On Thursday, June 10, the United States Department of Agriculture’s National Agricultural Statistics Service (USDA-NASS) released their annual report on hop acres planted. The basic report shows hop acreage up 4% in 2021, a record high.
View the full 2021 USDA-NASS Hop Report.
To add some context to the report, I called up Ann George, the Executive Director of Hop Growers of America (HGA). I’m glad I did, since Ann pointed out four pieces of context that are quite helpful in interpreting these numbers:
- The first was that the 4% growth number in the report isn’t exactly a fair comparison. Why? Because the number is 2021 planted acres versus 2020 harvested acres, and 2020 was a pretty abnormal year. If we go back to the initial planting report last year, it showed 59,174 acres in the U.S. (or, specifically, in the Pacific Northwest, which is what this report covers). The numbers on Thursday showed 58,641 acres. The difference is that COVID-19 hit immediately after planting, and so some acres ended up being idled. Using the 2019 number lowers growth by a percentage point.
- The second is that some of the “new” acres aren’t actually new, but were planted in 2019. So, why weren’t they in the 2019 report? Here’s a perfect example of why you need to understand what statistics really measure and how they are calculated. While most growers in Idaho and Washington do string acres in their first year and try to get a crop, many Oregon growers don’t string their newly planted acres, or report them to the USDA, so Oregon acres have some lag in showing up in the report. We don’t know how many acres that is exactly, but it’s another factor where “growth” isn’t really “growth.”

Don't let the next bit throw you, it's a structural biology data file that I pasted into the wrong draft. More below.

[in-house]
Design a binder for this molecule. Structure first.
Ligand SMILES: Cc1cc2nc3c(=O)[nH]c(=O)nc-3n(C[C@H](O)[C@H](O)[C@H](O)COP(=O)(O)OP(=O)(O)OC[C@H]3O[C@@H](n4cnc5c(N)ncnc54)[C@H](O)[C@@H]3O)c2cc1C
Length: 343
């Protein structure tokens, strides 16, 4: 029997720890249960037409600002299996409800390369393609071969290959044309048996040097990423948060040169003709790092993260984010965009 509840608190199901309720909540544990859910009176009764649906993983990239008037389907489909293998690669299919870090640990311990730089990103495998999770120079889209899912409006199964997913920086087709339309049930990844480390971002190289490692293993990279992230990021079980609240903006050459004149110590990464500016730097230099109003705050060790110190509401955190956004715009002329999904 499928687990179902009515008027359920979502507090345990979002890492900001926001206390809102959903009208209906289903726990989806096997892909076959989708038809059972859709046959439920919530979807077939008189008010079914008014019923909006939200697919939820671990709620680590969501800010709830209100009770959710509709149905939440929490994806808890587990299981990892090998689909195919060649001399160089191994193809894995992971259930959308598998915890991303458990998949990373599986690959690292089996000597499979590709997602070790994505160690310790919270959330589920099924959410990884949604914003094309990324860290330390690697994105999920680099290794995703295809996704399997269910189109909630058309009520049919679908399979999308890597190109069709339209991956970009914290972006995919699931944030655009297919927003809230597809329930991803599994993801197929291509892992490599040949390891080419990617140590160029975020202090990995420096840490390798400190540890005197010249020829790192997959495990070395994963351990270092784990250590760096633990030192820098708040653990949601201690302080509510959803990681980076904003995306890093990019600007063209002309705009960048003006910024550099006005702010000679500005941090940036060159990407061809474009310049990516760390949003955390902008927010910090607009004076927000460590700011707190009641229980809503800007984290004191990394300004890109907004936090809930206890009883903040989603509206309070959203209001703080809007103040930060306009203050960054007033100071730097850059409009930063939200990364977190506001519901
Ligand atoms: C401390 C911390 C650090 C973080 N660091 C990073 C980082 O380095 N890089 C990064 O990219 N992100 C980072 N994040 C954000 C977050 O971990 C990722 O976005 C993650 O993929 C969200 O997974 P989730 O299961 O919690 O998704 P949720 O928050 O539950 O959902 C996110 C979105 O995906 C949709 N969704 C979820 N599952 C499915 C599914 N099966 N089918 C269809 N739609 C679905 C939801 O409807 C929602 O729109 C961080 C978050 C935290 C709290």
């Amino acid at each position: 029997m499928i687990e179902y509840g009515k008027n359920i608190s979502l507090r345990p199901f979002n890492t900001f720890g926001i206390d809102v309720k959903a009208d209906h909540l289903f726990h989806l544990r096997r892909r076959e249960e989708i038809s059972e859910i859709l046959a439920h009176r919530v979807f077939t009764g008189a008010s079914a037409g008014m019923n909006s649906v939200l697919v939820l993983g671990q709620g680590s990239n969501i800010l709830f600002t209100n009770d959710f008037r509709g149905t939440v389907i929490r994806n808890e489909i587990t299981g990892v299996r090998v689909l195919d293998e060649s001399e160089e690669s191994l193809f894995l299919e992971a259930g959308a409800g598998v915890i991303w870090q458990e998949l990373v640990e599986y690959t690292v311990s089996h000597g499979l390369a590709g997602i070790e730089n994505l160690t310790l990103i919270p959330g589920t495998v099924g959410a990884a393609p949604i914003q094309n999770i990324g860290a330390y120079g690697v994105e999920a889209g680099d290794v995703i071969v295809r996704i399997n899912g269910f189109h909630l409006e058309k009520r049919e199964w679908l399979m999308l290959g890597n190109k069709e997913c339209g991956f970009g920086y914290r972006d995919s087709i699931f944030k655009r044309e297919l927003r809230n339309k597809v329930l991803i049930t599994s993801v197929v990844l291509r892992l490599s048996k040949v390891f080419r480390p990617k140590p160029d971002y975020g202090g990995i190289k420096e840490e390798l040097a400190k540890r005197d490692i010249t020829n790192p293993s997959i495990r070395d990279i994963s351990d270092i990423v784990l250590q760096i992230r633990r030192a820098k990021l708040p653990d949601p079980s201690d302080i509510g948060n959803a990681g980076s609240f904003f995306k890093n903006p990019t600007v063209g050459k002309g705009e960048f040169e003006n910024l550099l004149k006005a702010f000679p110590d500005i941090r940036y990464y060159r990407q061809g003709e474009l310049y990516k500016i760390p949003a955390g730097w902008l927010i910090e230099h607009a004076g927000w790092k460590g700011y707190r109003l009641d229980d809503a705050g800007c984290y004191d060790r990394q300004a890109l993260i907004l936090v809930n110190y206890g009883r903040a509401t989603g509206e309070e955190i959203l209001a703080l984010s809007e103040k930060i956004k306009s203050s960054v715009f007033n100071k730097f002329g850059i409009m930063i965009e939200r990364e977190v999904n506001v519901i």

- Ann also pointed out that some of the acres that were “harvested” last year experienced severe damage in late season wind storms that hit Yakima. So, 2019 had additional acres intended for harvest that didn’t actually see any harvest.
- Finally, she pointed out that some growth may have been baked into merchant and grower strategy, regardless of demand trends, as both often use a phased approach to bring new varieties to the market.
Overall, Ann stressed that while some might be scratching their heads as to why we saw an acreage increase after a tough year for hoppy beers, the factors above add some context that helps partially explain the increases.
With this context in mind, I’ve spent a little time with the report and wanted to call out the following points:
- There is still lots of variety shifting going on, with probably about 4,000 acres flipping varieties in addition to new acres.
- Most of the growth continues to be in aroma varieties, with Citra seeing about 1,000 acres of growth (about half the total) and CTZ and Pahto collectively down about 800 acres.
- Cashmere, a public aroma/dual-purpose hop, grew almost 300 acres.
- Centennial continued its long decline, while Cascade actually bounced back a bit.
- Strata continues to increase in Oregon, moving from 7% to 11% of planted acres in the state.
- Idaho continues to grow fastest in percentage terms (though Washington was up more in total acres) and is widening its acreage lead over Oregon.
Planting is only the first step in the process and Brewers Association staff will be watching conditions as the crop progresses. It’s too early to say much, but for anyone concerned about Western drought conditions, the areas that supply Yakima have been running very close to historical snowpack averages and hop growers in Oregon rely primarily on well water rather than runoff, so there are no major water concerns at this point in the season.